The Penny-Arcade Interview — 03.29.03
This weekend was awesome. There is no other way to describe it. I have been a Penny Arcade fan since early 1999 or late 1998. I remember one of my friends, SL_Lactose, sending me a link to a new and funny strip related to gaming. Prior to this I had little interest in online comics, so I clicked the link with little excitement. What followed was something of an epiphany. These guys had a sense of humor that was like some sort of laughing spear that was hurled at me with every comic I saw. It was amazing; this strip had a sense of humor that appealed to me so directly that I could not help but like it. It has always talked of things that I was feeling, or could relate to. In a way, I think most serious gamers can relate to them. Their comics are so universal, yet so specific, to all gamers. And, oddly enough, their sense of humor is very similar to mine.
As you might expect, I had been growing into a very large Penny-Arcade fan. I loved the free comic I was getting, but when they started releasing goods, I started buying. If you’ve taken a gander at my boards; you would know my stance on supporting the artists that supply us with the things we love. So, naturally, I wanted to support them. I got the books, the shirts, an spread the word to anyone I could find.
Sadly enough, I was the only person, in what seemed to be a million mile radius, that liked Penny-Arcade. So, I decided to spread the word. I showed ShadowmanX the "Our flag is not in our base" comic. And then we showed his friend Omar. They both loved it. Soon, the gamers that ShadowmanX was friends with liked PA too. The PA virus was spreading. I then returned to my town, where I was the only PA fan. I met Richie a few years later, and showed him the magic that was Penny Arcade. I also noticed that Penny Arcade had inspired a cult that worshipped their comic gods. Penny Arcade was becoming popular.
But, it was not popular in the normal sense of the word. No, the average Joe did not know who they were. But, more and more gamers were finding the comic, and falling in love with it. (Or learning to hate it as Gabe talks about in the interview.)
Not too long after that, the small personal web page had turned into a massively popular site that received 100,000 hits per day, and could "tube" your site with a single mention. Penny Arcade has grown into a gaming phenomenon; reaching what I like to call a, "gaming celebrity." Gaming has spawned itself a culture, and Penny Arcade is now a big part of that culture.
So, yeah, I was excited to head down to Kansas City to hang out and interview the men behind the phenomenon. I really didn’t know how they would act, and was actually a little nervous going in.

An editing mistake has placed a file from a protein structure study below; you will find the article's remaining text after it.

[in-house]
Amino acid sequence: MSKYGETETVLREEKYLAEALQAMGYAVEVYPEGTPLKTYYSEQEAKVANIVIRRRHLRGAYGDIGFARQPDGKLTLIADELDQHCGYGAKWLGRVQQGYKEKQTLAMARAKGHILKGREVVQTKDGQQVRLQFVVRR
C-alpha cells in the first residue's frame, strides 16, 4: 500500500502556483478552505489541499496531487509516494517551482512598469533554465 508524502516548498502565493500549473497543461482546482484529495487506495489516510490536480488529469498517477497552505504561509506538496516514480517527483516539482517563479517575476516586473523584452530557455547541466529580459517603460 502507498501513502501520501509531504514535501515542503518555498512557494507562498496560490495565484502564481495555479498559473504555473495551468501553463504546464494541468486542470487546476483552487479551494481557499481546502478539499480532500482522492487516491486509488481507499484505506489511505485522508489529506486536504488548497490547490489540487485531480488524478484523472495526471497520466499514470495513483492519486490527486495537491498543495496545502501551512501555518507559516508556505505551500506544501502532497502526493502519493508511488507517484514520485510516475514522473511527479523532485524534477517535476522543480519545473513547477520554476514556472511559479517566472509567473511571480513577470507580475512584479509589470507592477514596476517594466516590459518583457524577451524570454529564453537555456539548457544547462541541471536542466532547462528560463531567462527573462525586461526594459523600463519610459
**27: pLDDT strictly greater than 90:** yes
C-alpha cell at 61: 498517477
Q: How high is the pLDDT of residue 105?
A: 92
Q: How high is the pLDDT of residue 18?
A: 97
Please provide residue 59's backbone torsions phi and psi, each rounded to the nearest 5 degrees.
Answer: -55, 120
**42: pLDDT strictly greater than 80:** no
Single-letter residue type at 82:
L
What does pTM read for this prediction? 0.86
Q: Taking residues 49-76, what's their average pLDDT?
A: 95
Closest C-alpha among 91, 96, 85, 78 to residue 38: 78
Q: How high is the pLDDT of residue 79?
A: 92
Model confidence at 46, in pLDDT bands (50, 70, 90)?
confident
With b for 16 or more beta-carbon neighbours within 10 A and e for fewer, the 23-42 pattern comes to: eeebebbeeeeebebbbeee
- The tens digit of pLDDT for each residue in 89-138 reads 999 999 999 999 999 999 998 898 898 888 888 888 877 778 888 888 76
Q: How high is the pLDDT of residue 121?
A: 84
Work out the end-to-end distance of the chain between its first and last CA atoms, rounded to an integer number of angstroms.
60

Interestingly enough, if I didn’t know how popular their comic was, you would never know by talking to them. (You would, however, know by the crowd of people talking to them.) They were extremely nice, and not only willing to sign anything and everything, but willing to talk to you. I felt as if I was hanging out with a couple of friends. (Who happened to run an awesome site.)
They were extremely cool about the interview. We decided to do it after the con, but the con people (I like the way those last two words sound, hehe) kicked us out. We ended up doing the interview in the freezing Kansas wind. But, they stayed out there and answered all of my questions. I am extremely satisfied with the interview, and I hope you will be too.
The next day, I went back and played some Linked up GBA with them. I played Puyo Pop with Gabe. If you haven’t played this game, I highly recommend that you do. You can play multiplayer with one cartridge! If you liked mean bean machine, you’ll like Puyo Pop. But, let me tell you, you don’t want any of Gabe’s Detroit Rock City action. (He makes some killer combos and drowns you in rocks.) BreakwomanX played Puyo Pop with Gabe and gave him what he called, "one of the best games he’s ever had." I was very proud of her.
After that I played The Legend of Zelda: The Four Swords with Tycho. That was a lot of fun as well. Pulling those bat things a part, alone, was awesome. It was both of our first times playing this game, and figuring out things together was a blast. If you have a GBA you really should try The Four Swords, but beware, you need a cartridge for each GBA.
If you like Penny-Arcade, and have a chance to meet these guys. Don’t pass it up. They are extremely nice, and just as funny in real life as they are in the comic. They are coming back to Kansas City next year, and I know I’ll be there. You should come too =)
This was a special presentation of the BreakmanX.com Game Show; which is a live radio talk show about Video Games that takes place every Saturday at 6:00 PM CST. Listen live on Saturday or listen to some old episodes now.